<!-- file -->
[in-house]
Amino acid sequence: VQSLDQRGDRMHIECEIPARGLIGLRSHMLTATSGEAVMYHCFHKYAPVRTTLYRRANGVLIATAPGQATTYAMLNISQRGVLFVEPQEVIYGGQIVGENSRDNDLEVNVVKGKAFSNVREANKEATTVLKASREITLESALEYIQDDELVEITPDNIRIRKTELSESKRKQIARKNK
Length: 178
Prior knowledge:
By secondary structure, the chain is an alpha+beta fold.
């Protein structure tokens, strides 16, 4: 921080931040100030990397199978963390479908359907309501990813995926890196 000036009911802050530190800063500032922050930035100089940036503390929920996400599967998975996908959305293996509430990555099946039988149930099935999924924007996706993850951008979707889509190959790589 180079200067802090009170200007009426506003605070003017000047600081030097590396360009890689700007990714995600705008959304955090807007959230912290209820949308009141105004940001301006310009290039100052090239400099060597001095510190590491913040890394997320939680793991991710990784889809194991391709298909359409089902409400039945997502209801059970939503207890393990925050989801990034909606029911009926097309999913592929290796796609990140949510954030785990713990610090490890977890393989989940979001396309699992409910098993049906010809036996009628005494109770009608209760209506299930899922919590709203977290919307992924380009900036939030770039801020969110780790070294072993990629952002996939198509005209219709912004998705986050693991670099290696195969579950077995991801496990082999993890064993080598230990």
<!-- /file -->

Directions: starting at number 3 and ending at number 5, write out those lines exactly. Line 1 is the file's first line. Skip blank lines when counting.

Length: 178
Prior knowledge:
By secondary structure, the chain is an alpha+beta fold.